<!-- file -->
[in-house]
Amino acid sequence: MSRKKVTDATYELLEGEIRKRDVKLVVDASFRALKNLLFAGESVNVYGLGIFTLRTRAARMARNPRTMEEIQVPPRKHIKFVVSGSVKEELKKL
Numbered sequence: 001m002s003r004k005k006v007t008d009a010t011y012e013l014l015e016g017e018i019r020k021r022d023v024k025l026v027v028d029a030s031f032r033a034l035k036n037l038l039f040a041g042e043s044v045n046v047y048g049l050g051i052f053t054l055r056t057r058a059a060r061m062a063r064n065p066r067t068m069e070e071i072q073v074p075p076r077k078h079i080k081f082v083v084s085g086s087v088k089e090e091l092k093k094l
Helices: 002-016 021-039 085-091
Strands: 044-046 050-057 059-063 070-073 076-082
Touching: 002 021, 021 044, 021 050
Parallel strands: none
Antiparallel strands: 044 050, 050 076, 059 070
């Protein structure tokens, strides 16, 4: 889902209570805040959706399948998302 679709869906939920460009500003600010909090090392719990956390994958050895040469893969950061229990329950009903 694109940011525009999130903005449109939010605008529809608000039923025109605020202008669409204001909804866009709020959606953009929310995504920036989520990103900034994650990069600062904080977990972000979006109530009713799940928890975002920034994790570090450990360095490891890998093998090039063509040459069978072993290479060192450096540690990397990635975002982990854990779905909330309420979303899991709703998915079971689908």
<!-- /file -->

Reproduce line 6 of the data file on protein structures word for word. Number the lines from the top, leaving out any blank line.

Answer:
Touching: 002 021, 021 044, 021 050